How they passed the Fed audit

Via Naked Capitalism. This is almost an hour, but worth your time for the insight into the political system.

In this interview, Cenk Uygur of the Young Turks and Matt Stoller discuss how Congress worked in 2009-2010, and why an audit of the Federal Reserve was able to get through a dysfunctional political system. It’s a long interview, with some echoing at the beginning, but it’s the most comprehensive discussion of how the fight actually happened on the House side.

Residents evacuated

We have such crappy infrastructure, and now it’s all going to catch up with us:

St. Tammany Parish, a community north of New Orleans on Lake Pontchartrain, on Saturday ordered the mandatory evacuation of thousands of residents in some 1,200 homes, fearing the failure of a lock along a canal could send a wave of water sweeping through neighborhoods.

Saturday night, parish emergency officials said that the opening of valves had relieved pressure on Lock 2 on the Pearl River Diversion Canal but the evacuation order would remain in place.

Earlier, parish officials said the order covered residents between Locks 1 and 2 on the Pearl River Diversion Canal. “Failure of Lock 2 is imminent,” the parish said on its website.

Do American corporations care how much their workers earn?

From Dissent, the history of support for a minimum wage and how it’s changed:

There is little disagreement that consumer spending is a critical driver of American economic growth. The recession that began in 2007, while precipitated by the meltdown in the financial sector, is at root a crisis of aggregate demand. The halting recovery has been punctuated by disappointing monthly job reports and—just as important—by gloomy predictions from the Conference Board’s monthly survey of consumer confidence. Even business surveys admit (here and here) that anemic consumer demand (not “job-killing regulations”) is holding back new job creation and economic recovery.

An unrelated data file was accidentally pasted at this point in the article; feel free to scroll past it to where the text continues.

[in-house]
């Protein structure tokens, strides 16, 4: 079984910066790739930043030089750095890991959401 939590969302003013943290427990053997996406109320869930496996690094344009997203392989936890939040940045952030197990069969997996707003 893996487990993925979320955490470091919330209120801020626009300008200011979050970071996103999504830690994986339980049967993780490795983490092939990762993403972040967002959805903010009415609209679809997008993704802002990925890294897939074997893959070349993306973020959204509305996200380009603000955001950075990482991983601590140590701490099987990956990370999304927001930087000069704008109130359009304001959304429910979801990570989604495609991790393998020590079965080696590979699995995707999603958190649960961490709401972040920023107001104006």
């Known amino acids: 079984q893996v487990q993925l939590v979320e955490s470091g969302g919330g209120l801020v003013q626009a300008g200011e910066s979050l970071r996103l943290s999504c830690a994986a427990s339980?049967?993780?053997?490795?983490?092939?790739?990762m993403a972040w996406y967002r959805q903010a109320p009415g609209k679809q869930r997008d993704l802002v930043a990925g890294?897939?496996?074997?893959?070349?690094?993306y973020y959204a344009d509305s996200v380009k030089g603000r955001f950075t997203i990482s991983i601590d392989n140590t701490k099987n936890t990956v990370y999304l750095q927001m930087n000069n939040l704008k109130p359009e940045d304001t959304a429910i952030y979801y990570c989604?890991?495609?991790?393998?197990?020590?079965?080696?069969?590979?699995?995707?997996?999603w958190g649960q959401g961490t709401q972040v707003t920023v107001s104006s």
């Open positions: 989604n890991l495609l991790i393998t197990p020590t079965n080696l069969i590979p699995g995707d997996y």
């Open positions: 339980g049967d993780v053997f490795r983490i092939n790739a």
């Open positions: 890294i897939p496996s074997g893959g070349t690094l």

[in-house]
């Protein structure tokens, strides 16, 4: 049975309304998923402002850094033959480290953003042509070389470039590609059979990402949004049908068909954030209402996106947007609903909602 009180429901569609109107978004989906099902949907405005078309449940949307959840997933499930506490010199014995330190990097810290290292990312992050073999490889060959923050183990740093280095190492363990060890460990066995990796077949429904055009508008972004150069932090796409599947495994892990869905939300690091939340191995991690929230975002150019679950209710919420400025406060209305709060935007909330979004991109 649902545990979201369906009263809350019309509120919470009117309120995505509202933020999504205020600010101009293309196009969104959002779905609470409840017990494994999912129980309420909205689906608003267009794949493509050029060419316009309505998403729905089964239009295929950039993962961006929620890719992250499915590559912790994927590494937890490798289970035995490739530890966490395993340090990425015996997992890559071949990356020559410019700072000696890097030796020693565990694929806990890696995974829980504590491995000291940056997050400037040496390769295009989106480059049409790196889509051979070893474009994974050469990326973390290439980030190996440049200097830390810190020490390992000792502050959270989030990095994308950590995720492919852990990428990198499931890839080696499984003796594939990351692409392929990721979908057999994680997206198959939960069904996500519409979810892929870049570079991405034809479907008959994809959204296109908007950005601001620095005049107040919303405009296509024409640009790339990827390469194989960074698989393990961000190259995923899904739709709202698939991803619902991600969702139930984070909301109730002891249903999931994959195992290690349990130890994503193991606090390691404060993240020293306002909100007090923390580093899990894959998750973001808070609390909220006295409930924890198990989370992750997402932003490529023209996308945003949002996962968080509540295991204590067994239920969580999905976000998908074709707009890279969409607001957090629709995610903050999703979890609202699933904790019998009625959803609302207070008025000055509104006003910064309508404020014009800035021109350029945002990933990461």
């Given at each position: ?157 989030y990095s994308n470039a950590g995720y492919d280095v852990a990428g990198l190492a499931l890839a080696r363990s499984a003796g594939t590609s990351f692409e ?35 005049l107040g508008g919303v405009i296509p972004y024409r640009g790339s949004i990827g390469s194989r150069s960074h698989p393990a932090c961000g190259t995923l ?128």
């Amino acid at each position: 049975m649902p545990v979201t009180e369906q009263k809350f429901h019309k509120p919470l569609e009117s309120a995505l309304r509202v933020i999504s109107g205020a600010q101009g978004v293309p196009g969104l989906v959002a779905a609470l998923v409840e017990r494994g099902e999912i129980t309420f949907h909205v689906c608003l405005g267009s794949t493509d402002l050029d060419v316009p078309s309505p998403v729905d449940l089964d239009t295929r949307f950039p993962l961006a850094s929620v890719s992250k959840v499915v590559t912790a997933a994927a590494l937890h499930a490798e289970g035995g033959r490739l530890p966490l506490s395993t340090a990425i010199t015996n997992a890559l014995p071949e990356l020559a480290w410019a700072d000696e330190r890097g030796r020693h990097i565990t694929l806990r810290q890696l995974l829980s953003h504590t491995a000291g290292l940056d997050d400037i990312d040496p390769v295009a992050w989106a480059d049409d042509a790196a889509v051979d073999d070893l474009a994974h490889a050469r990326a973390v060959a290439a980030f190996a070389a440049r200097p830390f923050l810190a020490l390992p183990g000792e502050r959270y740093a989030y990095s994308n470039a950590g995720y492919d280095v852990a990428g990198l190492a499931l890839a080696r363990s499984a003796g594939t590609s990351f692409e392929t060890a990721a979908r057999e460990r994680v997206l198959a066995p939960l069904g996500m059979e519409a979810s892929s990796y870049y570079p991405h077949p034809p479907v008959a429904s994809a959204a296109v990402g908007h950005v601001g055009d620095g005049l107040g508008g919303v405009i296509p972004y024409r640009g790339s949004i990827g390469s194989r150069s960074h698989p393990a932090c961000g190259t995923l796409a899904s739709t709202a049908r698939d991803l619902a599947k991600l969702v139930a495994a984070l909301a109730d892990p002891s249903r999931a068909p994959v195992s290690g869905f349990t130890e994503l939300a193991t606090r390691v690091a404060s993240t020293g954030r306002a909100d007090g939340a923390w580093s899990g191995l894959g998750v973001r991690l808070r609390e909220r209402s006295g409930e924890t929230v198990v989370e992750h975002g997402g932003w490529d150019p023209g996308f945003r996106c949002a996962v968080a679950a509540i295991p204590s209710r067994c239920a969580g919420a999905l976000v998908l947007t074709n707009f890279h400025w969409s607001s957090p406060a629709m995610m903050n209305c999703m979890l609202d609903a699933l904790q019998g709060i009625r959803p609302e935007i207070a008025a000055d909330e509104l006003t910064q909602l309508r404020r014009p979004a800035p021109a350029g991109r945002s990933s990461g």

Yet, despite worries about sagging consumer confidence and shrinking paychecks, business leaders seem unconcerned about the declining standard of living of middle-class America, or about the growing number of American families slipping into poverty. Over the last generation, wages for middle-class workers haven’t budged, while compensation for corporate executives and owners is reaching stratospheric levels. Middle-class Americans are having a harder and harder time making ends meet. Most have little savings to take them through a bad patch. They are saddled with skyrocketing health care and education costs. They are underwater on their mortgages. Indeed, borrowing (on credit cards beginning in the 1980s, on home equity in more recent years) is often the last-best option to cling to a higher standard of living. Worse yet, most jobs created today don’t bring workers into the middle class. Nearly three-quarters of the jobs added during the recovery are in lower-wage occupations, like cashiers, stocking clerks, or food preparation workers.

Higher wages mean more consumer spending and more growth, but corporate America is focused, with increasing intensity, on driving wages further down. Important wage-stabilizing policies—minimum-wage laws and collective bargaining, among others—are under assault. Republican governors have declared war on unionized teachers, firefighters, and police officers—all solidly middle-class jobs. And they are looking to extend the reach of so-called “right-to-work” laws that strip private-sector workers of the ability to bargain for decent wages and benefits. Hostility to unions has become so intense that a simple proposal for workplaces to post information about the right to collectively bargain under federal law (as they already must do for minimum-wage, OSHA, and other worker protections) unleashed a torrential assault by the Chamber of Commerce.

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